New bathymetric studies published: the submarine cone is at 130 m depth
Friday Jan 20, 2012 09:11 AM | BY: T
Bathymetry of the new submarine coneA long-awaited press release of the Spanish Government and the Oceanographic Institute was now published and presents the results of the latest bathymetric survey conducted last week by the crew on board Ramon Margalef , including the new bathymetric map of the new submarine volcano: the vent is now a depth of 130 m.
Compared to the latest survey in November, when it had a depth of 150 m, this means that the cone has only grown about 20 m and most of the material erupted was used to build up the circumference and sediments around it. If the eruption continues at the rate it has been over the past months, it will probably take several years to breach the surface.
The latest surveys of Ramon Margalef also estimated that 145 million cubic meters of material was deposited on the seabed. The bathymetric surveys were carried out during 10-11 January. They have also allowed to see a significant increase in volume, both of the the cone itself and the deposits around it and inside the submarine valley.
The new deposits cover almost the entire western part of the submarine canyon where the vents are located. These deposits extend down to a depth of about 2,000 meters and are piled up in a narrow section of the canyon at 950 m water depth, which acts as a lock between 2 storage areas, the upper and lower submarine fan with coarser and fine-grained materials.
The scientists on board of the Ramon Margalef have estimated that the total deposits reached 57 million cubic meters of alluvial fan to a volume of 88 million cubic meters, which is 145 million cubic meters of material deposited.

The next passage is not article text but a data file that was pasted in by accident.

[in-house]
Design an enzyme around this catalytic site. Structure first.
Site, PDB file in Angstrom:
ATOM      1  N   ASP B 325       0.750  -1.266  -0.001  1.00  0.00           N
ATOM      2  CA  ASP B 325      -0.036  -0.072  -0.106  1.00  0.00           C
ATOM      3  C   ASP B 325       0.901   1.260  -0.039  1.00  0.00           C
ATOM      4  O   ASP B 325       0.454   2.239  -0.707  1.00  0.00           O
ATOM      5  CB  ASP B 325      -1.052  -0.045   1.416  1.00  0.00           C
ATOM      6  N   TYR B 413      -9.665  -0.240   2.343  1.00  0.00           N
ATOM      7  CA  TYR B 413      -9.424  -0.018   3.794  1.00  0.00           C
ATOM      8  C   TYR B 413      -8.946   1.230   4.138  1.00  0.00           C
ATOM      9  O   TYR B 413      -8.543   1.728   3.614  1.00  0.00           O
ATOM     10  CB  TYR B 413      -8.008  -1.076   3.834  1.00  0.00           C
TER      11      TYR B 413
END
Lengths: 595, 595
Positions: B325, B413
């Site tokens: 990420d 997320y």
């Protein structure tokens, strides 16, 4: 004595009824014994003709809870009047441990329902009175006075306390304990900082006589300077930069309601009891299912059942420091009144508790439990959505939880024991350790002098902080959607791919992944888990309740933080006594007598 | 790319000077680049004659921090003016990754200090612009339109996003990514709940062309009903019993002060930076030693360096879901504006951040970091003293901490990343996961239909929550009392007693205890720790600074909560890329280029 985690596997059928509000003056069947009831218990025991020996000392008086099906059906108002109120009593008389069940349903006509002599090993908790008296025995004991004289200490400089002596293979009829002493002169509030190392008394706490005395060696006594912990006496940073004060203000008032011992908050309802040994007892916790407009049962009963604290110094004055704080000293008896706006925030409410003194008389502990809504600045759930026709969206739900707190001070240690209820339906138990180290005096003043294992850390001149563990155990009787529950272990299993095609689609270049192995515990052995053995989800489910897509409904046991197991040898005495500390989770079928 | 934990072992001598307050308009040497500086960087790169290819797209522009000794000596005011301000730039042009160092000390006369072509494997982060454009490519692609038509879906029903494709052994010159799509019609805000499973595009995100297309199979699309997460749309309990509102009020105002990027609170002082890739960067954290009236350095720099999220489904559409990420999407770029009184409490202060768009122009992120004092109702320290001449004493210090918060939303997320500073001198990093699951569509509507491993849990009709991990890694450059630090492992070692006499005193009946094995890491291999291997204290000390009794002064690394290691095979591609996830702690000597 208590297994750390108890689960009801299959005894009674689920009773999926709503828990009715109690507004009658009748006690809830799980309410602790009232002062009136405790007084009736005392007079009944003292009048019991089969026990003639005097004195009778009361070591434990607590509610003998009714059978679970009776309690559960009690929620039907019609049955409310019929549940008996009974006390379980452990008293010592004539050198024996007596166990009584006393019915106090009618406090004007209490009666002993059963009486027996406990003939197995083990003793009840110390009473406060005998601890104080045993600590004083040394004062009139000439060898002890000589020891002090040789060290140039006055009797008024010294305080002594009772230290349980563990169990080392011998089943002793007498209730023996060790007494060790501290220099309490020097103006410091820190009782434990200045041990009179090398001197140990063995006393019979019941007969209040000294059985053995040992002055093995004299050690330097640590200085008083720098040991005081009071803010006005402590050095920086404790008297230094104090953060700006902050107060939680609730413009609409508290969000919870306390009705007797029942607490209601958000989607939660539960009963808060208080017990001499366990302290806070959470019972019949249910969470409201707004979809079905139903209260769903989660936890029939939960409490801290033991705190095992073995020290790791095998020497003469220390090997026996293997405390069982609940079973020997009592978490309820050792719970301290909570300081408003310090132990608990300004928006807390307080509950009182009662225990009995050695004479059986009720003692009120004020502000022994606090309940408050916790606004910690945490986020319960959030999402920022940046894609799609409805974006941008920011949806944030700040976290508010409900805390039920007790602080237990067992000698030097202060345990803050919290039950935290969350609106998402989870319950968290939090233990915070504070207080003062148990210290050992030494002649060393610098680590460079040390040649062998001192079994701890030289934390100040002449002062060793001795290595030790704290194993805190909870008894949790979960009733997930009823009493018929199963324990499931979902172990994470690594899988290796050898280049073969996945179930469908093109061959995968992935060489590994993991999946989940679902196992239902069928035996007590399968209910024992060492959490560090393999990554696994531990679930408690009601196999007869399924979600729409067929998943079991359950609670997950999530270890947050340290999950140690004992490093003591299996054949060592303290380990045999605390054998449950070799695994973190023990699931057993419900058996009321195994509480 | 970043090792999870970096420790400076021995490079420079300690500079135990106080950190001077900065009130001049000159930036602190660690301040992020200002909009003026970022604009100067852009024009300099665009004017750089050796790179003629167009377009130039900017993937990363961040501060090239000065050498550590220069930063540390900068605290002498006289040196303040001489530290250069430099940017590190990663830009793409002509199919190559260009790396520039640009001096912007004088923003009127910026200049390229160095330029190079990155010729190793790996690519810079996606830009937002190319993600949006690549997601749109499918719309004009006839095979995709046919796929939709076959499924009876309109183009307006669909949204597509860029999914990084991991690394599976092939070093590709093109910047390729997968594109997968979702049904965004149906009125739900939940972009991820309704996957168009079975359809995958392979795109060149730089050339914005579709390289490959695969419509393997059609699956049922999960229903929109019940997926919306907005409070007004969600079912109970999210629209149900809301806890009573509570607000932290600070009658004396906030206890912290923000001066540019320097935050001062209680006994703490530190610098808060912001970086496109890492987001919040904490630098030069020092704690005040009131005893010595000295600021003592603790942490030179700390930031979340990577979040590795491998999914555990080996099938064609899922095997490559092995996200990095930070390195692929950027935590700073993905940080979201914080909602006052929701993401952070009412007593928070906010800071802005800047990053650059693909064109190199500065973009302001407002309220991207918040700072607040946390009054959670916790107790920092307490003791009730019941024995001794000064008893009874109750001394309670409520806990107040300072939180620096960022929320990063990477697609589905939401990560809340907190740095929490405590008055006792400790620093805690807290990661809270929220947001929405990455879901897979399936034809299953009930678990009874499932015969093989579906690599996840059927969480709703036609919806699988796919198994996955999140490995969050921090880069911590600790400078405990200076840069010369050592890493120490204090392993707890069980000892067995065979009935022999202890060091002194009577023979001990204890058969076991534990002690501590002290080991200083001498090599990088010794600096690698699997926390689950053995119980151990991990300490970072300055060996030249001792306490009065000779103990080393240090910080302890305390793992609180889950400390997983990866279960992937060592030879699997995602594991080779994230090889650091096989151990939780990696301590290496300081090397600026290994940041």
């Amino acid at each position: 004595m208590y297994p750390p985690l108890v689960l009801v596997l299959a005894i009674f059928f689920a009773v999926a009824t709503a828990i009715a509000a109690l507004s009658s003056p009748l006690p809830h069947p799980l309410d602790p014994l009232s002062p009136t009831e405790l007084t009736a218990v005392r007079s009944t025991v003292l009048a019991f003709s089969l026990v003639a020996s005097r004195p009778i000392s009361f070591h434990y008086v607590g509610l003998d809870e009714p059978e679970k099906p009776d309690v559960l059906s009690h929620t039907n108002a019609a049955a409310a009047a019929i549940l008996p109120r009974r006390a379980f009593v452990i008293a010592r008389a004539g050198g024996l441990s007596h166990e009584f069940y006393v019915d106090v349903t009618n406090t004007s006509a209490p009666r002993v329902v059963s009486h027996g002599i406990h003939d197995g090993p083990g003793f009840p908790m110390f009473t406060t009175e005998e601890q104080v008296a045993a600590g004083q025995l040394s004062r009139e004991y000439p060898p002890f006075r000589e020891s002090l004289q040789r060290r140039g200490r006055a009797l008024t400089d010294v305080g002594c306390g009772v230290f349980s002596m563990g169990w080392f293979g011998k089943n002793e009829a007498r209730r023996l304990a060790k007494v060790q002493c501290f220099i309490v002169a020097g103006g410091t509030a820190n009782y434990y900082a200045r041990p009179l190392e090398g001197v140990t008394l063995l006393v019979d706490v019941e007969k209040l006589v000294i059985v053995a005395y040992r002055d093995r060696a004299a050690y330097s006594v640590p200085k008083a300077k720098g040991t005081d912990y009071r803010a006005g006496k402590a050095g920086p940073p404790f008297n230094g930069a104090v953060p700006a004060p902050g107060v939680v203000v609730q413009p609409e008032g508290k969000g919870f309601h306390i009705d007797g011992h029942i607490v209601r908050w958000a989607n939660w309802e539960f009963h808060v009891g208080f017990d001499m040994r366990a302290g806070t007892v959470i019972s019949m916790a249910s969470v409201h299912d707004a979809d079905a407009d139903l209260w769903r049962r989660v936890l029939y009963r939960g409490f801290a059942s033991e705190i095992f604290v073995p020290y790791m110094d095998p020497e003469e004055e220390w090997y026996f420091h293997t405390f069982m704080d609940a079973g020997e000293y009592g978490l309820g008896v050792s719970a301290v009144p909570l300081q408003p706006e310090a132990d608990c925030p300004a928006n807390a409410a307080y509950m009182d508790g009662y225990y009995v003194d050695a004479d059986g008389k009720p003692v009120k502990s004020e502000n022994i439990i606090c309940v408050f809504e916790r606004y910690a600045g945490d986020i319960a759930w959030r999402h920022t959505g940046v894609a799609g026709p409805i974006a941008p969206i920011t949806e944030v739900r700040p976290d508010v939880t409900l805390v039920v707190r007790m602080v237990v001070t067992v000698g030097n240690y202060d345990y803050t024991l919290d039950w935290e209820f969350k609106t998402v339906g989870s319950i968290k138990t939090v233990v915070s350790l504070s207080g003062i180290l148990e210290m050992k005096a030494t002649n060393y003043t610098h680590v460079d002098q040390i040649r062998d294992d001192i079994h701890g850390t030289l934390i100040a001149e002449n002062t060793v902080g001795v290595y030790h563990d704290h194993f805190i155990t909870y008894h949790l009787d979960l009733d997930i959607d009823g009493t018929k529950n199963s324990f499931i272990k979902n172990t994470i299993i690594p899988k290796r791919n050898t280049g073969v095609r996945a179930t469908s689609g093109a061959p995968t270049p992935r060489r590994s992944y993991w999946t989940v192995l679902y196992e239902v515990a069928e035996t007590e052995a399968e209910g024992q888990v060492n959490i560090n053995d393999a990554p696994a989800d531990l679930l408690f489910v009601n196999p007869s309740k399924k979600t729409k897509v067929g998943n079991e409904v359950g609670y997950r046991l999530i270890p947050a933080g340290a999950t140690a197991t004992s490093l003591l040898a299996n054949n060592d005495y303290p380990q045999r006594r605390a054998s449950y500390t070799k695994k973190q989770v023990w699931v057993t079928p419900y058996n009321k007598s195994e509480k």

As for the evolution of the volcanic cone, the Ramon Margalef found that the earlier split vent does not exist anymore and that the volcano displayed again a single peak at coordinates: 27º 37.18' N, 17º 59. 58' W.
Links / Sources:
Links / Sources:
- http://www2.gobiernodecanarias.org/noticias/index.jsp?module=1&page=nota.htm&id=146878 (Press release of the Government of the Canaries)
Friday, Jan 06, 2012
Thursday, Jan 05, 2012
Franz took this picture almost exactly one year ago on the rim of Nyiragongo lava lake, one of the world's most spectacular volcanoes. [more]
Monday, Jan 02, 2012
Tuesday, Dec 20, 2011
The photo was taken in spring 2009 and shows an explosion from Stromboli's NE crater in the evening twilight. In the first half of 2009 in particular, this crater was in spectacular, vigorous activity. It had quickly built a tall cone, changing and dominating the crater terrace of Stromboli, and although more changes have happened, it is still one of the main features of the crater today. ... [more]
Monday, Dec 19, 2011
Millions of years ago, dense forests were growing on the slopes of the island of Lesbos. Sequoias reached enormous heights. Eventually, after a long repose interval, the volcanoes of the island became active again. One of the largest eruptions generated hot ash flow that engulfed once verdant mountain forests and buried them under many meters of hot ash. ... [more]